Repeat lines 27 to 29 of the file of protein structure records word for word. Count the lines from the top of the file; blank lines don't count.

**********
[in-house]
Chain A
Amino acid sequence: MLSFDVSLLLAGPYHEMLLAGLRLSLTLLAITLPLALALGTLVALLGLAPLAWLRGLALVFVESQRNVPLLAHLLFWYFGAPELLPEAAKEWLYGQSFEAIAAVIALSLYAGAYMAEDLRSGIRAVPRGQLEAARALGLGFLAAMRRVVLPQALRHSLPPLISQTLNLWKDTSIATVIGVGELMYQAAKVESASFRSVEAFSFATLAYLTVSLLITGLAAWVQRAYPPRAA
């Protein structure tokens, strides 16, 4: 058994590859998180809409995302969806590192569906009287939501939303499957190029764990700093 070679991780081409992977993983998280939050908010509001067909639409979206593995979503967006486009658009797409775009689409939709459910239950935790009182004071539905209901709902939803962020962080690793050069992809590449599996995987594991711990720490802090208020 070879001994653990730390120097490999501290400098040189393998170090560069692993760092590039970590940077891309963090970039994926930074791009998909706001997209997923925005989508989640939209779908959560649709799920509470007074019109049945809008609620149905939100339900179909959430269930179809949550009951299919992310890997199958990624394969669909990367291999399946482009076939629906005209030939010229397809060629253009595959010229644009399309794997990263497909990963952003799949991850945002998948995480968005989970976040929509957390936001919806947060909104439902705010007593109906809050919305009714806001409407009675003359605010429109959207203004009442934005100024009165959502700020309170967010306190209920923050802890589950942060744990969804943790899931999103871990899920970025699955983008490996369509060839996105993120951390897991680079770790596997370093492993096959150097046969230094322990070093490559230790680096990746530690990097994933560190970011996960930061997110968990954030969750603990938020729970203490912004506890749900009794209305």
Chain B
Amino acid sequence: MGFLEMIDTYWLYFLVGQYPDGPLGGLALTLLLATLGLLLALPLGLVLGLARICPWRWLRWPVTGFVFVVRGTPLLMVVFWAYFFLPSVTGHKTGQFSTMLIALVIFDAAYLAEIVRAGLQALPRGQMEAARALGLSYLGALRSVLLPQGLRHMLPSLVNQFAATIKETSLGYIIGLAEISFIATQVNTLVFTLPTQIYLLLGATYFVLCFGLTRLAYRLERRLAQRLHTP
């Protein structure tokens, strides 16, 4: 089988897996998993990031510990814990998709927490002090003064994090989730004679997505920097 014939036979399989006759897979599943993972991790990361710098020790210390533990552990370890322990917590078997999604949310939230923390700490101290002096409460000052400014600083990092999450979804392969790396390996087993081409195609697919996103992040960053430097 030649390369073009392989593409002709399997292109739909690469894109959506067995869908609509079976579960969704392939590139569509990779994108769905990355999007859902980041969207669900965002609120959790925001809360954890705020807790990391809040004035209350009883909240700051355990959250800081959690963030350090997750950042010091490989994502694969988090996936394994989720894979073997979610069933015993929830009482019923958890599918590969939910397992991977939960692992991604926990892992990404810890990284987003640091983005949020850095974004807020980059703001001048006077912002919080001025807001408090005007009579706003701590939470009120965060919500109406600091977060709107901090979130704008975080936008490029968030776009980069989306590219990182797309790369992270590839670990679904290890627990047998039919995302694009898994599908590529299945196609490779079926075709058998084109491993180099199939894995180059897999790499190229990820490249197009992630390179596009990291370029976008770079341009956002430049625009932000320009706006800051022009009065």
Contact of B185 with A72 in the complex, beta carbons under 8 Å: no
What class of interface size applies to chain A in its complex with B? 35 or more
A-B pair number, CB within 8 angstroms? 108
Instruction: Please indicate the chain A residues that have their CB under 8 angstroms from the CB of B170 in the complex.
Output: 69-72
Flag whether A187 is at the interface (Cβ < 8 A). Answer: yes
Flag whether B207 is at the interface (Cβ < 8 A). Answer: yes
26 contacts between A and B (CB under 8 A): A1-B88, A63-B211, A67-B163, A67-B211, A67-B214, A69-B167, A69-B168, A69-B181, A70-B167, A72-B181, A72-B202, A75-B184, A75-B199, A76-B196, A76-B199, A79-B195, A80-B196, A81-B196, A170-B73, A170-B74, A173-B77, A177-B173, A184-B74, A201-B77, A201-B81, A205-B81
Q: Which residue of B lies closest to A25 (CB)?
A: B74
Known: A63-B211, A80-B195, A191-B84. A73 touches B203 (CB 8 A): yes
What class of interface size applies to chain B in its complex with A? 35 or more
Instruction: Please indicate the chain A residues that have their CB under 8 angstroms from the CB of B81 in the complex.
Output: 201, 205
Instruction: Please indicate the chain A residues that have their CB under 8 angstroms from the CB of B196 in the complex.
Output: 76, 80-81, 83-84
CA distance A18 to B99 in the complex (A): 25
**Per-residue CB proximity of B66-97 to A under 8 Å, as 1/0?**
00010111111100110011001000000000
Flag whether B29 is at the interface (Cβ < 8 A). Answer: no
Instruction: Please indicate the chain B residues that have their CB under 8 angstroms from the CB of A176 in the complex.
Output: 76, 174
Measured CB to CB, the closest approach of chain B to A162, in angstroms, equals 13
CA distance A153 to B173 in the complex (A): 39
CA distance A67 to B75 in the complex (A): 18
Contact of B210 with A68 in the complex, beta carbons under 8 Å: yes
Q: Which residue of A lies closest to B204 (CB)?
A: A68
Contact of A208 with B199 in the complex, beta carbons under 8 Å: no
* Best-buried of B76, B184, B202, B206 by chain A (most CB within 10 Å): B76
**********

Flag whether B29 is at the interface (Cβ < 8 A). Answer: no
Instruction: Please indicate the chain B residues that have their CB under 8 angstroms from the CB of A176 in the complex.
Output: 76, 174